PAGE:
If you wanted to go meta, I did wonder if you could build a macro that called the introspection APIs and use that to create the structs at compile time. I don’t know if you can call APIs in macros, and I assume it’s bad practice, but could be an interesting experiment.

For folks looking to do something similar in the future, my suggestion here would be to dump some representation (ideally a json schema) of the salesforce objects into a file, and then derive your structs from that at compile time. Then, rebuild and redeploy as necessary. If you actually need these structs, of course

I agree with @D4no0 and @sodapopcan that in this case you’re not getting any benefit from dynamic runtime struct definition, in exchange for “weirdness” later down the line.

If what you’re looking for is something syntactic to signal that you’re operating on a salesforce object of X type, or to pattern match on that in some interesting or novel way, consider a macro. To be clear, I’m not suggesting that you do this necessarily, just showing that you don’t need structs to get customized pattern matching. Elixir has effectively all the facilities you need to modify the language.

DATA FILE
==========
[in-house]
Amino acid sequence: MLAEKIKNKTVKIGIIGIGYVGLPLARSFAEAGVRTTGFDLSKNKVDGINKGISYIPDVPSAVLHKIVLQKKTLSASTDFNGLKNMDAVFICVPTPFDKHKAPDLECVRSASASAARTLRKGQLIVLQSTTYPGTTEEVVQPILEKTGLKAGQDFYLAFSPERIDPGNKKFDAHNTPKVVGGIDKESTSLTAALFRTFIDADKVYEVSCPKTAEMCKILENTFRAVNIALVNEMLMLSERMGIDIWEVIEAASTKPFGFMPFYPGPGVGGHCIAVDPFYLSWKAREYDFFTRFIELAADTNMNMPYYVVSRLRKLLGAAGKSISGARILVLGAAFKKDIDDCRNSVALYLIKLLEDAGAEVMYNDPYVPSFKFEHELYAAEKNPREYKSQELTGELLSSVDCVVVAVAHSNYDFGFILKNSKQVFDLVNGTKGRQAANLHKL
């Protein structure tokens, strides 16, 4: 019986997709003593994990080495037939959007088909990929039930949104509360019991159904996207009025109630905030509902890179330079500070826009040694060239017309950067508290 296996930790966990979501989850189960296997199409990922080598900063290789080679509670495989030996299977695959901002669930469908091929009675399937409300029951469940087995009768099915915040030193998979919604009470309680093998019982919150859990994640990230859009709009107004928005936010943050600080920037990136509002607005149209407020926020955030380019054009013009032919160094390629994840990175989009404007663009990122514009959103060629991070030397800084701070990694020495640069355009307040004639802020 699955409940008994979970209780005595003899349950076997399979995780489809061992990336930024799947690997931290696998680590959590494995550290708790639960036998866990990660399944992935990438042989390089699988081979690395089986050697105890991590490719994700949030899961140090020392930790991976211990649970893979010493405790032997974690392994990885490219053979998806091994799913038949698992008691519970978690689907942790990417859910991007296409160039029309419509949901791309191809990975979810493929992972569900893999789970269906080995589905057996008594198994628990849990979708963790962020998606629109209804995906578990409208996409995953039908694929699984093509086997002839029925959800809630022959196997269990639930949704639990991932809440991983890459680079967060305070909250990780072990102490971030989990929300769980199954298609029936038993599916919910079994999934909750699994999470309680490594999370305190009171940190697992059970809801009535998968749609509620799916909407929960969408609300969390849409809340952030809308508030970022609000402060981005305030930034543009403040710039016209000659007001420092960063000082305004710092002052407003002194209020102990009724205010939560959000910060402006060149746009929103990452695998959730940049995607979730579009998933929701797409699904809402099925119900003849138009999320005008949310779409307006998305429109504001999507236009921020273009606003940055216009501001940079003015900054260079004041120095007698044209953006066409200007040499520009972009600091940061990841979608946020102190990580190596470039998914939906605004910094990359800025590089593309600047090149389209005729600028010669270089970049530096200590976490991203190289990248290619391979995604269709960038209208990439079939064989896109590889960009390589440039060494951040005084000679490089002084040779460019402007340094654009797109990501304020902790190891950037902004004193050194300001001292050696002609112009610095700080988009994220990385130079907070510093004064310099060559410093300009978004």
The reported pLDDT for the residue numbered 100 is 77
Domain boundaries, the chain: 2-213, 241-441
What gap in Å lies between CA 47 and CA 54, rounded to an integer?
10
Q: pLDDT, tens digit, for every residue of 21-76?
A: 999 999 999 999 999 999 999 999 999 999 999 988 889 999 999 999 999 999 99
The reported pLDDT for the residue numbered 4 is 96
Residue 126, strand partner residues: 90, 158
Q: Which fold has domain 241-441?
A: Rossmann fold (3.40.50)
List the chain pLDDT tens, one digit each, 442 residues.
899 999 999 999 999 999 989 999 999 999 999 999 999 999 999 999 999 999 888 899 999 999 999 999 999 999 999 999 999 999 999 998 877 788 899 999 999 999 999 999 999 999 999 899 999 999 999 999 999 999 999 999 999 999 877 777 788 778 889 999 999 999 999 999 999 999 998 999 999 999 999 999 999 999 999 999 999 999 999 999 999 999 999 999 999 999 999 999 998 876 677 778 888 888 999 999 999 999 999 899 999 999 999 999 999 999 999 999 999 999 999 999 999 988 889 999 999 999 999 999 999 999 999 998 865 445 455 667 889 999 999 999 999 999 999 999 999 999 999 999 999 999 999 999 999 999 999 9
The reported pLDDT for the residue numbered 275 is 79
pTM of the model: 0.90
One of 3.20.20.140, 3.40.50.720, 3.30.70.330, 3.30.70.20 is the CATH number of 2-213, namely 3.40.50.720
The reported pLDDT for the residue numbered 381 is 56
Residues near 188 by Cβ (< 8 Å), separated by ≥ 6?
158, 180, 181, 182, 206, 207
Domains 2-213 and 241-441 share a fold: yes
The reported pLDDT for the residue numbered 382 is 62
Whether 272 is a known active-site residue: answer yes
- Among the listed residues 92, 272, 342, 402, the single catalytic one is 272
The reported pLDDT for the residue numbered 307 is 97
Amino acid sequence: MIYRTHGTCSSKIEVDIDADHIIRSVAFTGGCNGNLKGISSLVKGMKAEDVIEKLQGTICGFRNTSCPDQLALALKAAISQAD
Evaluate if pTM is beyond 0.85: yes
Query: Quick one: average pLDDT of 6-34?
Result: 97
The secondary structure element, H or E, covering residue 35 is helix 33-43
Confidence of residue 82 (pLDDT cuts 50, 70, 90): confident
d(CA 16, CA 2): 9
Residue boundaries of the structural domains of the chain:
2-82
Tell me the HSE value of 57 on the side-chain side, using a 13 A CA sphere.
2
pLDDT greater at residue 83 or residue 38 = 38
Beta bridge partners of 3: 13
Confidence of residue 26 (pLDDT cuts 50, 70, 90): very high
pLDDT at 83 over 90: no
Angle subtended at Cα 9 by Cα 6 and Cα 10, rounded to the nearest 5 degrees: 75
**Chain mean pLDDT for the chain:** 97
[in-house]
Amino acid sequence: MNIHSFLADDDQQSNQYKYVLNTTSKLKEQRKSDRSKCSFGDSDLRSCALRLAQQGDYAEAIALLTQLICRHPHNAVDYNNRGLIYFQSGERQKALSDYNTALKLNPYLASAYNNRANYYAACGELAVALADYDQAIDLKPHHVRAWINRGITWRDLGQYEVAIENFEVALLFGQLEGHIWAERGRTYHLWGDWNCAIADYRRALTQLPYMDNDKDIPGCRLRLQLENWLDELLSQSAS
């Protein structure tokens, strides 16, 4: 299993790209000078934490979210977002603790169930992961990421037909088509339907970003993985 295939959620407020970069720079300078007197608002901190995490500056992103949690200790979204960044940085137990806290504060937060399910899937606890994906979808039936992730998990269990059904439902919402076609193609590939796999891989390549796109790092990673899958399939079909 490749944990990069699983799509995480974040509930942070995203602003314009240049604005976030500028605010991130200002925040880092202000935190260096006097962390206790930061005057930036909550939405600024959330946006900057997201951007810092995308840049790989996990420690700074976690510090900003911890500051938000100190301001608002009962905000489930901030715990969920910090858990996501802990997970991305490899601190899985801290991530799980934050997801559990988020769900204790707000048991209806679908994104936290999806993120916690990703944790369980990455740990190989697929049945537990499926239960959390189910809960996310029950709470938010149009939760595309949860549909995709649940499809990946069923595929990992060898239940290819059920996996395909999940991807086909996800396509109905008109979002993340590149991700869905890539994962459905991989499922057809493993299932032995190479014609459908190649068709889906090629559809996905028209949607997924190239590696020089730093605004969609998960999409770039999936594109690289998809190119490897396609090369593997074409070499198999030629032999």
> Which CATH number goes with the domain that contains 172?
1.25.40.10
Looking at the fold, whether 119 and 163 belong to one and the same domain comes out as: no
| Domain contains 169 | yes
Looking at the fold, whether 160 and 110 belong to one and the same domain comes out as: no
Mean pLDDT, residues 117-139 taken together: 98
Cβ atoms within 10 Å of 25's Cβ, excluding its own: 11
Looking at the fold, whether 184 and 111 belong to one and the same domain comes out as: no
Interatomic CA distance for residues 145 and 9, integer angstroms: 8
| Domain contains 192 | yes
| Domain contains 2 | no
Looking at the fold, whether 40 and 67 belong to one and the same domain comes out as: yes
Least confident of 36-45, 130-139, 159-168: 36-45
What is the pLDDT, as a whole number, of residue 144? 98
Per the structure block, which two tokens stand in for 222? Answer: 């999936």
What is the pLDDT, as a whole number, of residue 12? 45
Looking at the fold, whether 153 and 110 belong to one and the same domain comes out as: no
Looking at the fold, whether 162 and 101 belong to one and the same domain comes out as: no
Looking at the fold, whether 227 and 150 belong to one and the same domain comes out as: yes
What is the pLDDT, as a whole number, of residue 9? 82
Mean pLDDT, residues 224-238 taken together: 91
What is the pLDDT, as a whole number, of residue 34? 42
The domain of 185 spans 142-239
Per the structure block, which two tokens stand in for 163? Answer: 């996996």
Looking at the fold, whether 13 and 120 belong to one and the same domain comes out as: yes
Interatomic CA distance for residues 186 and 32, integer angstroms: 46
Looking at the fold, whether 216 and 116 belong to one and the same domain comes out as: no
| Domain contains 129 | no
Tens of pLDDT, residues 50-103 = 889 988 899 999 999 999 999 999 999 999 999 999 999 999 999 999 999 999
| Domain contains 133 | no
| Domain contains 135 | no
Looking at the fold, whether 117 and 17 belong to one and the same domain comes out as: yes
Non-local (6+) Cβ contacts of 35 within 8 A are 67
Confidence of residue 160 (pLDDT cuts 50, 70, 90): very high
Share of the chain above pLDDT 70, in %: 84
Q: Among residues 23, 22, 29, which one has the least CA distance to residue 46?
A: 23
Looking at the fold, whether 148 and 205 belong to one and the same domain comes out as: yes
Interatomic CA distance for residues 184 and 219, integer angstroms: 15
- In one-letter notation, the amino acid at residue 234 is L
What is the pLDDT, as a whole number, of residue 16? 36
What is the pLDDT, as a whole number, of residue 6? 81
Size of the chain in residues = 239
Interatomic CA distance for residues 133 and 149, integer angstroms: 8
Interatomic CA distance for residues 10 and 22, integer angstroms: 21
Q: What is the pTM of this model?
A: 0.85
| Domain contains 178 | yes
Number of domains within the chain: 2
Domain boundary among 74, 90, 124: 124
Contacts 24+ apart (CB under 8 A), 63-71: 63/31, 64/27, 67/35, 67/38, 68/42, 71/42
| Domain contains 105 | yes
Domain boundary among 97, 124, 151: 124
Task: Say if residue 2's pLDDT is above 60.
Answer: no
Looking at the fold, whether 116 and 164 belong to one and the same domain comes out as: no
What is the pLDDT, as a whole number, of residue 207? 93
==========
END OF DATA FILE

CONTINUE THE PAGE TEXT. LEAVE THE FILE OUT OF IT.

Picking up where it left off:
defmodule SObject do
  defstruct [:type, data: %{}]

   defmacro so({:%, _, [type, {:%{}, meta, keys]}) do
     string_keys =, fn {key, value} -> 
         {to_string(key), value}

     contents_with_string_keys = {:%{}, meta, keys}

     quote do
       %SObject{type: unquote(to_string(type)), data: unquote(contents_with_string_keys)}

Then you can do this kind of thing

defmodule SomeModule do
  import  SObject

  def do_something(so(%Case{number: case_number})) do

That all works without ever having to turn salesforce data from strings to atoms. You could then build in a known set of fields that exist for certain builtin objects (or don’t exist) and validate that at compile time with your macro.

Whether you ultimately want to use something like this is 100% up to you, but the main point I want to get across is that, with macros, you can often approach syntax that you like, without having to sacrifice how the underlying system works.